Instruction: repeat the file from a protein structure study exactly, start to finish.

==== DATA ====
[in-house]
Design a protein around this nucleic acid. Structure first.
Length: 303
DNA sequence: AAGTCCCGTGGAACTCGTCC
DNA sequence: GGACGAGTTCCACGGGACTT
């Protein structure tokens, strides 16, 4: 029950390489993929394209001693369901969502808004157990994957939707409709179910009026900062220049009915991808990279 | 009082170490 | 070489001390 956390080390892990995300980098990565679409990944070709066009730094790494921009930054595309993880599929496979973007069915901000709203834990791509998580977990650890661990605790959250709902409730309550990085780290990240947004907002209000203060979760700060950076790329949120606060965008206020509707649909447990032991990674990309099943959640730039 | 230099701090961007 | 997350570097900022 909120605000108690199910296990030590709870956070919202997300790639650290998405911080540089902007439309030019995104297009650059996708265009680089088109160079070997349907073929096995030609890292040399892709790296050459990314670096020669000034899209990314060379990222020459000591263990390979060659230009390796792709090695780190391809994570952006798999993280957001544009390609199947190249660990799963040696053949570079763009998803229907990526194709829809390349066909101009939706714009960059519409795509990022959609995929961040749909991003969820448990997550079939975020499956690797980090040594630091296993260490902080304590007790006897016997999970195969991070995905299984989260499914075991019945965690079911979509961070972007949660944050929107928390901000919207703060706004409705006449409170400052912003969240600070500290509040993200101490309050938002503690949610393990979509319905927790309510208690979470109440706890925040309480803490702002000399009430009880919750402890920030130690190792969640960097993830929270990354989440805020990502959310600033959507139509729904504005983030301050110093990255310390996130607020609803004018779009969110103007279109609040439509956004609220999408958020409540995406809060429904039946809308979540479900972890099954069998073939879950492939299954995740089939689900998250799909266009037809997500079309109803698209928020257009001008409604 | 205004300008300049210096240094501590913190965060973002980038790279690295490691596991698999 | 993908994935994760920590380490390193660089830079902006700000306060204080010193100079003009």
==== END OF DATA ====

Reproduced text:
[in-house]
Design a protein around this nucleic acid. Structure first.
Length: 303
DNA sequence: AAGTCCCGTGGAACTCGTCC
DNA sequence: GGACGAGTTCCACGGGACTT
């Protein structure tokens, strides 16, 4: 029950390489993929394209001693369901969502808004157990994957939707409709179910009026900062220049009915991808990279 | 009082170490 | 070489001390 956390080390892990995300980098990565679409990944070709066009730094790494921009930054595309993880599929496979973007069915901000709203834990791509998580977990650890661990605790959250709902409730309550990085780290990240947004907002209000203060979760700060950076790329949120606060965008206020509707649909447990032991990674990309099943959640730039 | 230099701090961007 | 997350570097900022 909120605000108690199910296990030590709870956070919202997300790639650290998405911080540089902007439309030019995104297009650059996708265009680089088109160079070997349907073929096995030609890292040399892709790296050459990314670096020669000034899209990314060379990222020459000591263990390979060659230009390796792709090695780190391809994570952006798999993280957001544009390609199947190249660990799963040696053949570079763009998803229907990526194709829809390349066909101009939706714009960059519409795509990022959609995929961040749909991003969820448990997550079939975020499956690797980090040594630091296993260490902080304590007790006897016997999970195969991070995905299984989260499914075991019945965690079911979509961070972007949660944050929107928390901000919207703060706004409705006449409170400052912003969240600070500290509040993200101490309050938002503690949610393990979509319905927790309510208690979470109440706890925040309480803490702002000399009430009880919750402890920030130690190792969640960097993830929270990354989440805020990502959310600033959507139509729904504005983030301050110093990255310390996130607020609803004018779009969110103007279109609040439509956004609220999408958020409540995406809060429904039946809308979540479900972890099954069998073939879950492939299954995740089939689900998250799909266009037809997500079309109803698209928020257009001008409604 | 205004300008300049210096240094501590913190965060973002980038790279690295490691596991698999 | 993908994935994760920590380490390193660089830079902006700000306060204080010193100079003009």